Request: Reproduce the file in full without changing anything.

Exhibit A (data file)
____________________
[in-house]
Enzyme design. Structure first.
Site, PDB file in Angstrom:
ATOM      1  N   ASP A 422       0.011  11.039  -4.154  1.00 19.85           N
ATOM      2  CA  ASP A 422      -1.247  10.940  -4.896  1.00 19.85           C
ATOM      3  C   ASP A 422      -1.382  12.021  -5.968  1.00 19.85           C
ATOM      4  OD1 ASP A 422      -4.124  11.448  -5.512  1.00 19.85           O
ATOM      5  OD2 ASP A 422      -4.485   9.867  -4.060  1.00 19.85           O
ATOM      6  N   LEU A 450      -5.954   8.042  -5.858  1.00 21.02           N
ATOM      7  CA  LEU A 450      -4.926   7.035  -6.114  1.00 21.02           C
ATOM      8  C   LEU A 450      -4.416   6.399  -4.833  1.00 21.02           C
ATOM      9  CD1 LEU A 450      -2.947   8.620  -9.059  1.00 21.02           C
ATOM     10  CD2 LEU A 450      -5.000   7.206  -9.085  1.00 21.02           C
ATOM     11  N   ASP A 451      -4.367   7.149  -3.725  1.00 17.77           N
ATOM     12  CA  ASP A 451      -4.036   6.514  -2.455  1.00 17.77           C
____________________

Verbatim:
[in-house]
Enzyme design. Structure first.
Site, PDB file in Angstrom:
ATOM      1  N   ASP A 422       0.011  11.039  -4.154  1.00 19.85           N
ATOM      2  CA  ASP A 422      -1.247  10.940  -4.896  1.00 19.85           C
ATOM      3  C   ASP A 422      -1.382  12.021  -5.968  1.00 19.85           C
ATOM      4  OD1 ASP A 422      -4.124  11.448  -5.512  1.00 19.85           O
ATOM      5  OD2 ASP A 422      -4.485   9.867  -4.060  1.00 19.85           O
ATOM      6  N   LEU A 450      -5.954   8.042  -5.858  1.00 21.02           N
ATOM      7  CA  LEU A 450      -4.926   7.035  -6.114  1.00 21.02           C
ATOM      8  C   LEU A 450      -4.416   6.399  -4.833  1.00 21.02           C
ATOM      9  CD1 LEU A 450      -2.947   8.620  -9.059  1.00 21.02           C
ATOM     10  CD2 LEU A 450      -5.000   7.206  -9.085  1.00 21.02           C
ATOM     11  N   ASP A 451      -4.367   7.149  -3.725  1.00 17.77           N
ATOM     12  CA  ASP A 451      -4.036   6.514  -2.455  1.00 17.77           C